Gold is created by supernovas when neutron stars collide and is thought to be the first metal known to humans — but more importantly: it likely looks good on your wrist. It also has a long history in watchmaking, but you might even look right past all that simply for its famously bewitching shininess. Stainless steel tends to be the preferred material for most watches today, but there's still a potent allure to the gold watch.
Go back to before the 1920s and 1930s when stainless steel was first used in watchmaking and you'll find a lot of watches made from silver and gold. These are softer materials that are easier to machine — and it helps that they polish up particularly well. Unlike silver, though, gold is also highly resistant to tarnishing. Even after steel began to be used for watch cases, it didn't become common until many decades later, and elegant gold watches remained popular.
Gold has weight both cultural and physical. Around the 1940s in the US, for example, a tradition began of presenting a gold watch to retiring employees after decades of service at a company. That practice has mostly been abandoned today, but the gold watch as a symbol of value, achievement and just something special remains in the popular memory.
If you want a gold watch today, there are many choices. You can simply get the look with a "gold-toned" or "gold-plated" watch, one with gold plating over a less expensive metal (usually steel), or you can spring for one of solid gold. Most solid gold watches use 18 carat gold, an alloy of 75% gold mixed with other metals that help harden it (and cost less than pure 24 carat, which is generally too soft for watches anyway). A more affordable option can also (but rarely) be found in 14 carat (about 53%) gold. The misleading term gold-filled refers to a thin (less than 5% of total weight, but thicker than gilding or gold plating) layer of gold over a core of another metal, but this is uncommon in modern watches.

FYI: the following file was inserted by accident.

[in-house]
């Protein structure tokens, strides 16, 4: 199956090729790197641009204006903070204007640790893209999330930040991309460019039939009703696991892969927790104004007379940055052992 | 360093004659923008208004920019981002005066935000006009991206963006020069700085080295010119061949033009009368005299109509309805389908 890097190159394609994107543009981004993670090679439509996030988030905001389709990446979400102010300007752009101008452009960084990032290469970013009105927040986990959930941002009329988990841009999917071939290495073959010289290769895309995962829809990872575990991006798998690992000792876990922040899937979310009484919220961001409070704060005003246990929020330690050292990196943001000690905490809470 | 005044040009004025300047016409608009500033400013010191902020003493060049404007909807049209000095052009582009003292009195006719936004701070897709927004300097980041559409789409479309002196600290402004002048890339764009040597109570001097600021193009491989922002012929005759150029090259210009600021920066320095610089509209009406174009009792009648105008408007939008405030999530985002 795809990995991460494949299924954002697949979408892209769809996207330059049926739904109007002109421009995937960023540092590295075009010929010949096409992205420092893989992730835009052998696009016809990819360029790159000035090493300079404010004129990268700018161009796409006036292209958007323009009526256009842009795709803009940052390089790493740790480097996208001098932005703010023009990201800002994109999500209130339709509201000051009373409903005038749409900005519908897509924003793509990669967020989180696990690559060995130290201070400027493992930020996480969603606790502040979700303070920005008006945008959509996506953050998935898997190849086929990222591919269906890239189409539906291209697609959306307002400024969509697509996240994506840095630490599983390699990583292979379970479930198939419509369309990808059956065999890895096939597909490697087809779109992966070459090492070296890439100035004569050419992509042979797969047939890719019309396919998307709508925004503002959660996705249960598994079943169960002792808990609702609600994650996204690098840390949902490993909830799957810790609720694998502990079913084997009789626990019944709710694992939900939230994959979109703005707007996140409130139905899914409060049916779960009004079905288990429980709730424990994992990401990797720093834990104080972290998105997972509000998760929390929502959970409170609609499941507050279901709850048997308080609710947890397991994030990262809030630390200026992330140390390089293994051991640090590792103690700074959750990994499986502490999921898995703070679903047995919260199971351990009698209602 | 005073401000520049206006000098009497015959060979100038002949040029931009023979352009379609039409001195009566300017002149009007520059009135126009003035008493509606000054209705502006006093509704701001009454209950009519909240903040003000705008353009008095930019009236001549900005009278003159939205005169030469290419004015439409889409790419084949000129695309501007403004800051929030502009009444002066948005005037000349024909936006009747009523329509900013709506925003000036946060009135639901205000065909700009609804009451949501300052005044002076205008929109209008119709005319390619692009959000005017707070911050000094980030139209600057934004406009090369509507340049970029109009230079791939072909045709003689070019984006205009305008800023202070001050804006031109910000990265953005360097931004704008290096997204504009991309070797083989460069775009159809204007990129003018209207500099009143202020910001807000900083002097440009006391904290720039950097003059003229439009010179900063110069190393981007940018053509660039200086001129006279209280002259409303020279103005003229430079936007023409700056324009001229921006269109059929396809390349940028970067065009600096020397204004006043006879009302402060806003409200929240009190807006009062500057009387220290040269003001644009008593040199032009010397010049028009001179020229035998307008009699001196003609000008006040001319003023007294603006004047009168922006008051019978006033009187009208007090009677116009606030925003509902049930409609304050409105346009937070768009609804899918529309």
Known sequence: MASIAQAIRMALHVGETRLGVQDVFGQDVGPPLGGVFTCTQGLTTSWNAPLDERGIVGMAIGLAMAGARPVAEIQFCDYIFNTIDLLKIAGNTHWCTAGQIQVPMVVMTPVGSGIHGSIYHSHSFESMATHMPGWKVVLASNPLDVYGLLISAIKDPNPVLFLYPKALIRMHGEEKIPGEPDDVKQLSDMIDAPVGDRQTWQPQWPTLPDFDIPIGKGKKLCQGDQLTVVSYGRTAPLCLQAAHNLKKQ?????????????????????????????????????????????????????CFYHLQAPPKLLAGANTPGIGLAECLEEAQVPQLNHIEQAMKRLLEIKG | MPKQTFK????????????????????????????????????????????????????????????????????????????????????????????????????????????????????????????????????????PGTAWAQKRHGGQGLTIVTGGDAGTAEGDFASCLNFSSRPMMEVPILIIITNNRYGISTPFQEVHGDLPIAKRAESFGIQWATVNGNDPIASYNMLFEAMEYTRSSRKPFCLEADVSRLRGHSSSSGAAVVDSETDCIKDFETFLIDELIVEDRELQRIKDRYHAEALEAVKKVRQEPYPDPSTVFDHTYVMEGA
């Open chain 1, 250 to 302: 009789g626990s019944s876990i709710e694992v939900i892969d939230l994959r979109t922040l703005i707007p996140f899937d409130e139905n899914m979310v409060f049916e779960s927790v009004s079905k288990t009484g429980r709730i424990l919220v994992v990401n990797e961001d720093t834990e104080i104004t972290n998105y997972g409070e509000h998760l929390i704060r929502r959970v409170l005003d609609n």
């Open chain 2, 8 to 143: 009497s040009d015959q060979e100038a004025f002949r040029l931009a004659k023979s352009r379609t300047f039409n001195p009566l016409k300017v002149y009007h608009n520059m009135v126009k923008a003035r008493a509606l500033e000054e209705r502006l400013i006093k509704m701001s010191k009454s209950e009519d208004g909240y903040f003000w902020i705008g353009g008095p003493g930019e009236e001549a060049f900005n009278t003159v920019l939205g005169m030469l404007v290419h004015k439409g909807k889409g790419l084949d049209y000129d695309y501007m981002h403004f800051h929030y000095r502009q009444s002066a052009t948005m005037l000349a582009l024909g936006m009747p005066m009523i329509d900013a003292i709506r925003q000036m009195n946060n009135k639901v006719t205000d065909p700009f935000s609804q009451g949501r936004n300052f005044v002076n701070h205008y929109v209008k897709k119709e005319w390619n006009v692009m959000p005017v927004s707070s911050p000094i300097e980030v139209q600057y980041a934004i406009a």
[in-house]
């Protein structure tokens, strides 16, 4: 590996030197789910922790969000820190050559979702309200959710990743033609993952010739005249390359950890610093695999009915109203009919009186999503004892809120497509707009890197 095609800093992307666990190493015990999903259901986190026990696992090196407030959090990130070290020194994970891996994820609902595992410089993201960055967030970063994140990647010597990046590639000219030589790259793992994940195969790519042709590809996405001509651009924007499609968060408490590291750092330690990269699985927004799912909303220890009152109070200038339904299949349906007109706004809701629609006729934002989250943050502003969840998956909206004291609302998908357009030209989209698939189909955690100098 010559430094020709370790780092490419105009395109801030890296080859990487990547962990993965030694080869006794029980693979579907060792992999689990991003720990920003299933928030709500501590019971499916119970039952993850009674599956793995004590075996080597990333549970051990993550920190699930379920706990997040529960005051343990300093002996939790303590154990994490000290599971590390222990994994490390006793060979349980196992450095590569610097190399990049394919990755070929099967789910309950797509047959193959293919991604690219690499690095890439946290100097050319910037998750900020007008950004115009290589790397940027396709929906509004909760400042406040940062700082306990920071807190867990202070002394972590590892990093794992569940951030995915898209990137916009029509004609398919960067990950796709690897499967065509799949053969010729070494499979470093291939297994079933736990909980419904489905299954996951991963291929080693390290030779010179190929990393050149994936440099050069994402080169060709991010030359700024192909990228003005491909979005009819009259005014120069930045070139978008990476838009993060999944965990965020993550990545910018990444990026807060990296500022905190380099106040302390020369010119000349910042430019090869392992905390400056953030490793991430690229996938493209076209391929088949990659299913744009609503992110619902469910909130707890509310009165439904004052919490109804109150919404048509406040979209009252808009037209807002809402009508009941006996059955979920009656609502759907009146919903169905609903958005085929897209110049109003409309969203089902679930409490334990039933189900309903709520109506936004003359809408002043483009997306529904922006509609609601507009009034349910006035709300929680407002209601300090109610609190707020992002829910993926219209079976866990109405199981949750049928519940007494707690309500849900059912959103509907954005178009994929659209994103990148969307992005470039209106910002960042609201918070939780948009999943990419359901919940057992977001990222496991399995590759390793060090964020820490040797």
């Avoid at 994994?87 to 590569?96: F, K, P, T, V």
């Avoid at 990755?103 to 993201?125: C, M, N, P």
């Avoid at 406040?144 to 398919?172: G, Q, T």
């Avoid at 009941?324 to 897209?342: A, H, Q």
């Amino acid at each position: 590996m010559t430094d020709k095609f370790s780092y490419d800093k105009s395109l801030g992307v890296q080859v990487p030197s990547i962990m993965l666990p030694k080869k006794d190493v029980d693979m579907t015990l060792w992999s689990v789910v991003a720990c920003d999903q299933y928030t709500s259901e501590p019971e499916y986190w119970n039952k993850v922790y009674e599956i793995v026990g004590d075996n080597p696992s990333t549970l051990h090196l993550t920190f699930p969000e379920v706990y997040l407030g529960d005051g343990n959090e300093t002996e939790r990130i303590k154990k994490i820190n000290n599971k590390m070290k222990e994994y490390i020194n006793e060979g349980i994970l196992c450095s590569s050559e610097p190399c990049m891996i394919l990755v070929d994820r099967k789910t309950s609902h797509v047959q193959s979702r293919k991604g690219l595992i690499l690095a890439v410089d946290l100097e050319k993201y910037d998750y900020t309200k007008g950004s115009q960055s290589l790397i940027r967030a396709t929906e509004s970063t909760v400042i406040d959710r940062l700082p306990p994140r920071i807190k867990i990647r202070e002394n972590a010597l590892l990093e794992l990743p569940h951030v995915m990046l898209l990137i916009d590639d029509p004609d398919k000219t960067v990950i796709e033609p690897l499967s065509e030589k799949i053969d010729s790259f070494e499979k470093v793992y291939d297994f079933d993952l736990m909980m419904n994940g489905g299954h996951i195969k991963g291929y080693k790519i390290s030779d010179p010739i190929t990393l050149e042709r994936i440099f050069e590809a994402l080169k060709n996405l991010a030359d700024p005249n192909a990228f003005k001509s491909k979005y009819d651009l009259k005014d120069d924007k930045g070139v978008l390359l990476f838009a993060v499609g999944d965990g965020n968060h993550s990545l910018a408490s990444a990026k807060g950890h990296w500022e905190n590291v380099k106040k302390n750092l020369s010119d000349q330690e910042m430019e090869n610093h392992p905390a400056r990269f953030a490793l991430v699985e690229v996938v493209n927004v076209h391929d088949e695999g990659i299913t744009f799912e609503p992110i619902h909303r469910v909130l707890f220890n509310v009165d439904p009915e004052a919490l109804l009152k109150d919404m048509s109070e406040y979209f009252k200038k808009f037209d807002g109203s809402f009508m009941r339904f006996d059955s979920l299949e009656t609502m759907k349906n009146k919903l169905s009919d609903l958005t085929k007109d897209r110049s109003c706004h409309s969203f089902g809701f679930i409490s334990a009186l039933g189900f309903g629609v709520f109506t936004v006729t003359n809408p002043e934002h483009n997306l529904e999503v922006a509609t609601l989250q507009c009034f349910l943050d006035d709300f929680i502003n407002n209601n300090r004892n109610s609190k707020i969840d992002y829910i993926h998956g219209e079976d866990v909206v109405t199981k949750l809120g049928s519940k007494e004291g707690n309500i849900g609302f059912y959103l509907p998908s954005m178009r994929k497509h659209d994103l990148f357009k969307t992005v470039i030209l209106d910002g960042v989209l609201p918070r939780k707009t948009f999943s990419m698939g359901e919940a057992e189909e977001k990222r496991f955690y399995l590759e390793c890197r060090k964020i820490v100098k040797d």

Watchmakers often like to use gold because it allows them to mark up their products. The price of a gold watch will often be considerably more than the value of the material itself compared to the same watch in steel, but watchmakers can also add value through finishing — even though gold is easier to work with than a cheaper, harder metal like steel. In addition to classic yellow gold, many watch companies use red gold, pink gold, rose gold and even produce and name their own unique alloys.
For today's chrysophilist, you'll find several options below offering simply the warm or blingy look of gold for affordable prices, as well as several more serious investments that'll remind you of their auriferous composition by the weight on your wrist.
If you don't wanna go full-gold — but you do wanna go full 1980s — get yourself a two-tone watch.